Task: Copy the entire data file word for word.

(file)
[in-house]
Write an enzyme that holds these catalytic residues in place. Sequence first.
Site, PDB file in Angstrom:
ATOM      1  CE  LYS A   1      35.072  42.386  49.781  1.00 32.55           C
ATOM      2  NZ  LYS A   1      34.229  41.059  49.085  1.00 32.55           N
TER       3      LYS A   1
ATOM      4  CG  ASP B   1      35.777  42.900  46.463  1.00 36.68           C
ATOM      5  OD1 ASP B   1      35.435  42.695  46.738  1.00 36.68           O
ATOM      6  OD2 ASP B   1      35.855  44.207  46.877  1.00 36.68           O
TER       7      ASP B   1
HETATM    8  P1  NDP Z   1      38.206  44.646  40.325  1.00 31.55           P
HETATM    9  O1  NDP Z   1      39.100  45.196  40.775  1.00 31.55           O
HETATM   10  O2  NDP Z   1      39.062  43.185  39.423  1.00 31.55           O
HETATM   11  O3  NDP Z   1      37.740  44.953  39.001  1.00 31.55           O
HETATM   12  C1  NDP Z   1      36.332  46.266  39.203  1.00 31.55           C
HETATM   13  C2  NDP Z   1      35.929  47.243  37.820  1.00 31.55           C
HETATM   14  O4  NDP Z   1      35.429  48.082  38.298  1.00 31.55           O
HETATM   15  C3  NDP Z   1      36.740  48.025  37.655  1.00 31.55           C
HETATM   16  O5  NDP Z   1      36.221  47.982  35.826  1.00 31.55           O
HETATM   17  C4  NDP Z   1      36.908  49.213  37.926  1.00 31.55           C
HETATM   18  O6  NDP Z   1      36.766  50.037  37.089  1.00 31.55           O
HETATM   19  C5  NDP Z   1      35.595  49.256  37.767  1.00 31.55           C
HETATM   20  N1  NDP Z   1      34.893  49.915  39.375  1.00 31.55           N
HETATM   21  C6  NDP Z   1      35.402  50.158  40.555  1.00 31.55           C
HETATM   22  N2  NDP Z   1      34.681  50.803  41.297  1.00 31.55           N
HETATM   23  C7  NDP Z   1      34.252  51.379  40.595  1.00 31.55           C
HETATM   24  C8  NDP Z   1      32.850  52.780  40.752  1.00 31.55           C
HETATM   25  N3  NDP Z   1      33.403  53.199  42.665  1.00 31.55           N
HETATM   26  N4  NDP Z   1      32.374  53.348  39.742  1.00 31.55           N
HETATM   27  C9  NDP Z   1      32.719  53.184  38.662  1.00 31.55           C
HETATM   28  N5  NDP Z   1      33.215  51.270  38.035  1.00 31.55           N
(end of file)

[in-house]
Write an enzyme that holds these catalytic residues in place. Sequence first.
Site, PDB file in Angstrom:
ATOM      1  CE  LYS A   1      35.072  42.386  49.781  1.00 32.55           C
ATOM      2  NZ  LYS A   1      34.229  41.059  49.085  1.00 32.55           N
TER       3      LYS A   1
ATOM      4  CG  ASP B   1      35.777  42.900  46.463  1.00 36.68           C
ATOM      5  OD1 ASP B   1      35.435  42.695  46.738  1.00 36.68           O
ATOM      6  OD2 ASP B   1      35.855  44.207  46.877  1.00 36.68           O
TER       7      ASP B   1
HETATM    8  P1  NDP Z   1      38.206  44.646  40.325  1.00 31.55           P
HETATM    9  O1  NDP Z   1      39.100  45.196  40.775  1.00 31.55           O
HETATM   10  O2  NDP Z   1      39.062  43.185  39.423  1.00 31.55           O
HETATM   11  O3  NDP Z   1      37.740  44.953  39.001  1.00 31.55           O
HETATM   12  C1  NDP Z   1      36.332  46.266  39.203  1.00 31.55           C
HETATM   13  C2  NDP Z   1      35.929  47.243  37.820  1.00 31.55           C
HETATM   14  O4  NDP Z   1      35.429  48.082  38.298  1.00 31.55           O
HETATM   15  C3  NDP Z   1      36.740  48.025  37.655  1.00 31.55           C
HETATM   16  O5  NDP Z   1      36.221  47.982  35.826  1.00 31.55           O
HETATM   17  C4  NDP Z   1      36.908  49.213  37.926  1.00 31.55           C
HETATM   18  O6  NDP Z   1      36.766  50.037  37.089  1.00 31.55           O
HETATM   19  C5  NDP Z   1      35.595  49.256  37.767  1.00 31.55           C
HETATM   20  N1  NDP Z   1      34.893  49.915  39.375  1.00 31.55           N
HETATM   21  C6  NDP Z   1      35.402  50.158  40.555  1.00 31.55           C
HETATM   22  N2  NDP Z   1      34.681  50.803  41.297  1.00 31.55           N
HETATM   23  C7  NDP Z   1      34.252  51.379  40.595  1.00 31.55           C
HETATM   24  C8  NDP Z   1      32.850  52.780  40.752  1.00 31.55           C
HETATM   25  N3  NDP Z   1      33.403  53.199  42.665  1.00 31.55           N
HETATM   26  N4  NDP Z   1      32.374  53.348  39.742  1.00 31.55           N
HETATM   27  C9  NDP Z   1      32.719  53.184  38.662  1.00 31.55           C
HETATM   28  N5  NDP Z   1      33.215  51.270  38.035  1.00 31.55           N